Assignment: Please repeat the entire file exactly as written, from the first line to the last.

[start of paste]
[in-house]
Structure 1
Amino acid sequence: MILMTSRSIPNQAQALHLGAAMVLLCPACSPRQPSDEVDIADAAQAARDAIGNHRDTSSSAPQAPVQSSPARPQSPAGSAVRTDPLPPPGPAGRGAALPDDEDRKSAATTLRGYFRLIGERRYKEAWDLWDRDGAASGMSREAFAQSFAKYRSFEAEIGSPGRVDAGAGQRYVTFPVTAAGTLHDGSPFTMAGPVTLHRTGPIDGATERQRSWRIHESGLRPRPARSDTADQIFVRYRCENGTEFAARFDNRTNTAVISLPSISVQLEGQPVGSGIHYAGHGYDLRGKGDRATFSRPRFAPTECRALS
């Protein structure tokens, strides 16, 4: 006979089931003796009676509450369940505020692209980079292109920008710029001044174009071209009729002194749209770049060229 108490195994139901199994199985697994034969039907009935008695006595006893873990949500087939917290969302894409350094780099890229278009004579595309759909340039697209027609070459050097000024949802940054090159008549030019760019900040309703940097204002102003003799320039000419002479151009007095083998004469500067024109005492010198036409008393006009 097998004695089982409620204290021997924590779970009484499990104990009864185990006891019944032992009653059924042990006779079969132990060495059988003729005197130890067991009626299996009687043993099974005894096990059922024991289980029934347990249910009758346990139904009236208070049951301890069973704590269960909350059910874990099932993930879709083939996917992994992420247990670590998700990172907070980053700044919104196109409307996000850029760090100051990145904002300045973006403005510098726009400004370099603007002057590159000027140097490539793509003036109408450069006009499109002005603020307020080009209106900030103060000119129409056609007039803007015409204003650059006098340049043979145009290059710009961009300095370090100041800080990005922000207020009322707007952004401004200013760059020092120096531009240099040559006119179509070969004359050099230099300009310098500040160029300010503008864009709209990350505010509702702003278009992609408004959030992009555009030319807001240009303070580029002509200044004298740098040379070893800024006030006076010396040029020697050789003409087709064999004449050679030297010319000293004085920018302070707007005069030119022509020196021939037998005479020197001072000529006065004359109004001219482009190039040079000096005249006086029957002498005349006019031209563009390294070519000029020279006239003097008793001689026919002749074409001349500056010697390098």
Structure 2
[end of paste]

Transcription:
[in-house]
Structure 1
Amino acid sequence: MILMTSRSIPNQAQALHLGAAMVLLCPACSPRQPSDEVDIADAAQAARDAIGNHRDTSSSAPQAPVQSSPARPQSPAGSAVRTDPLPPPGPAGRGAALPDDEDRKSAATTLRGYFRLIGERRYKEAWDLWDRDGAASGMSREAFAQSFAKYRSFEAEIGSPGRVDAGAGQRYVTFPVTAAGTLHDGSPFTMAGPVTLHRTGPIDGATERQRSWRIHESGLRPRPARSDTADQIFVRYRCENGTEFAARFDNRTNTAVISLPSISVQLEGQPVGSGIHYAGHGYDLRGKGDRATFSRPRFAPTECRALS
């Protein structure tokens, strides 16, 4: 006979089931003796009676509450369940505020692209980079292109920008710029001044174009071209009729002194749209770049060229 108490195994139901199994199985697994034969039907009935008695006595006893873990949500087939917290969302894409350094780099890229278009004579595309759909340039697209027609070459050097000024949802940054090159008549030019760019900040309703940097204002102003003799320039000419002479151009007095083998004469500067024109005492010198036409008393006009 097998004695089982409620204290021997924590779970009484499990104990009864185990006891019944032992009653059924042990006779079969132990060495059988003729005197130890067991009626299996009687043993099974005894096990059922024991289980029934347990249910009758346990139904009236208070049951301890069973704590269960909350059910874990099932993930879709083939996917992994992420247990670590998700990172907070980053700044919104196109409307996000850029760090100051990145904002300045973006403005510098726009400004370099603007002057590159000027140097490539793509003036109408450069006009499109002005603020307020080009209106900030103060000119129409056609007039803007015409204003650059006098340049043979145009290059710009961009300095370090100041800080990005922000207020009322707007952004401004200013760059020092120096531009240099040559006119179509070969004359050099230099300009310098500040160029300010503008864009709209990350505010509702702003278009992609408004959030992009555009030319807001240009303070580029002509200044004298740098040379070893800024006030006076010396040029020697050789003409087709064999004449050679030297010319000293004085920018302070707007005069030119022509020196021939037998005479020197001072000529006065004359109004001219482009190039040079000096005249006086029957002498005349006019031209563009390294070519000029020279006239003097008793001689026919002749074409001349500056010697390098």
Structure 2